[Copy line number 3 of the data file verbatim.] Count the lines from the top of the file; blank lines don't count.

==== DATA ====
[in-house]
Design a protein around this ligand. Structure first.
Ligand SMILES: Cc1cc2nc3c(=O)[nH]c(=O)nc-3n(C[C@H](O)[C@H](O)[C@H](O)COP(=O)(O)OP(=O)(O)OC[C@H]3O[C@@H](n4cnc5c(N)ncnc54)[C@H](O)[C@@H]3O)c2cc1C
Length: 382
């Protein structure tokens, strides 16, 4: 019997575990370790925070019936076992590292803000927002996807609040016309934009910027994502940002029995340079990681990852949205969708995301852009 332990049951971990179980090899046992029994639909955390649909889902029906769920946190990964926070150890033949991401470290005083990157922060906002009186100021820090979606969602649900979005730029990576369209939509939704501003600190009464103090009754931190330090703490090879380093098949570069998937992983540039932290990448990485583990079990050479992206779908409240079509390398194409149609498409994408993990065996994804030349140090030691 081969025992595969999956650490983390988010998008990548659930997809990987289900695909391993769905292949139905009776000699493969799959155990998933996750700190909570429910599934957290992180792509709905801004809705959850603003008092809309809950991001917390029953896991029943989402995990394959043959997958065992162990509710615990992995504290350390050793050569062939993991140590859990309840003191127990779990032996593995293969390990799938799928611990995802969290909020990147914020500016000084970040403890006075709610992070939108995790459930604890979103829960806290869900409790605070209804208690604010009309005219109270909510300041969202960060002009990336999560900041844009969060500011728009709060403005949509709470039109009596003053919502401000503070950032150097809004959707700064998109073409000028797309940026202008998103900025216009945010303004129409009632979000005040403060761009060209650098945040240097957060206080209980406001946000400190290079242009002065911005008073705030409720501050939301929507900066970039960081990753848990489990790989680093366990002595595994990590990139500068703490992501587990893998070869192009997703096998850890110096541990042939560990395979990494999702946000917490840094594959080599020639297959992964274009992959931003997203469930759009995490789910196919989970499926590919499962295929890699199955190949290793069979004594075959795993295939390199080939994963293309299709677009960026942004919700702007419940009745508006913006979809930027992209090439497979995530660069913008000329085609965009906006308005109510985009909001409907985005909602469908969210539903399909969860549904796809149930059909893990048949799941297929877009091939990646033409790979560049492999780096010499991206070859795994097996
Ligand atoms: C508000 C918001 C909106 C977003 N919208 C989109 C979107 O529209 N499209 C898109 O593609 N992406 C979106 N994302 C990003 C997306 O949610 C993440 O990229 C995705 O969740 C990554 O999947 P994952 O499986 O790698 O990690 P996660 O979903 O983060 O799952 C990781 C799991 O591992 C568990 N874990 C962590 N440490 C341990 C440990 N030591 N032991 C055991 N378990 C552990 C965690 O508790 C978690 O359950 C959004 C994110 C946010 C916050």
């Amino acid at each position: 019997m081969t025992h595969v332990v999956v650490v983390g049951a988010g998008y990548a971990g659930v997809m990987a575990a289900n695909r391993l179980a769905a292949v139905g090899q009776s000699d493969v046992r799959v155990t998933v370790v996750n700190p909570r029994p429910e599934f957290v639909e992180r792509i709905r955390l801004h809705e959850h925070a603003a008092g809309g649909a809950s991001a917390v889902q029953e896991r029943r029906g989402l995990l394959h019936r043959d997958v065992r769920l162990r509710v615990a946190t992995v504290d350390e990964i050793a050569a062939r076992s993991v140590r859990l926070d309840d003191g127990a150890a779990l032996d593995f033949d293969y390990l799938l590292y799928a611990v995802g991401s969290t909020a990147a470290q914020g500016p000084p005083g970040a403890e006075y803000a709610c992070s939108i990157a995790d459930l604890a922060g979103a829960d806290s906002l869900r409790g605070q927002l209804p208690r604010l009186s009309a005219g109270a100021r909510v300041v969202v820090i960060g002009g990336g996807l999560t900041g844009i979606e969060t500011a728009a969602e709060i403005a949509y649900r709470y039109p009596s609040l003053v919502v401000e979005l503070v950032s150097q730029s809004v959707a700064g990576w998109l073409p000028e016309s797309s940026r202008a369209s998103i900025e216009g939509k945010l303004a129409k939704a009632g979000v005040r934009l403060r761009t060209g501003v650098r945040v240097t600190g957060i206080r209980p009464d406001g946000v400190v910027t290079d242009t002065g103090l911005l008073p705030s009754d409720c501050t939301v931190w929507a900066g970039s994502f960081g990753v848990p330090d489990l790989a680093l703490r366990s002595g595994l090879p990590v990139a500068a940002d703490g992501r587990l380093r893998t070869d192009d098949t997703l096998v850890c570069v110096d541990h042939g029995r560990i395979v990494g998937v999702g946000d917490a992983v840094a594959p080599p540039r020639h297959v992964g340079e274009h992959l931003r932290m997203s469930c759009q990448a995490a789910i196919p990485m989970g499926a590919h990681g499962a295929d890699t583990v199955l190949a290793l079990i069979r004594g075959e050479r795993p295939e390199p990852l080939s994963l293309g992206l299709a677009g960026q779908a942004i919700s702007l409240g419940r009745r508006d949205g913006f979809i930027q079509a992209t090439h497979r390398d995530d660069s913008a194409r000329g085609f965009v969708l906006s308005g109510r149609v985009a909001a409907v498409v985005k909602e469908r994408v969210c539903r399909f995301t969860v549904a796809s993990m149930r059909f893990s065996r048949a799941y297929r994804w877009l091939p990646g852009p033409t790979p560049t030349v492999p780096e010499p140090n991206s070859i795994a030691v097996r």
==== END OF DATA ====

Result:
Ligand SMILES: Cc1cc2nc3c(=O)[nH]c(=O)nc-3n(C[C@H](O)[C@H](O)[C@H](O)COP(=O)(O)OP(=O)(O)OC[C@H]3O[C@@H](n4cnc5c(N)ncnc54)[C@H](O)[C@@H]3O)c2cc1C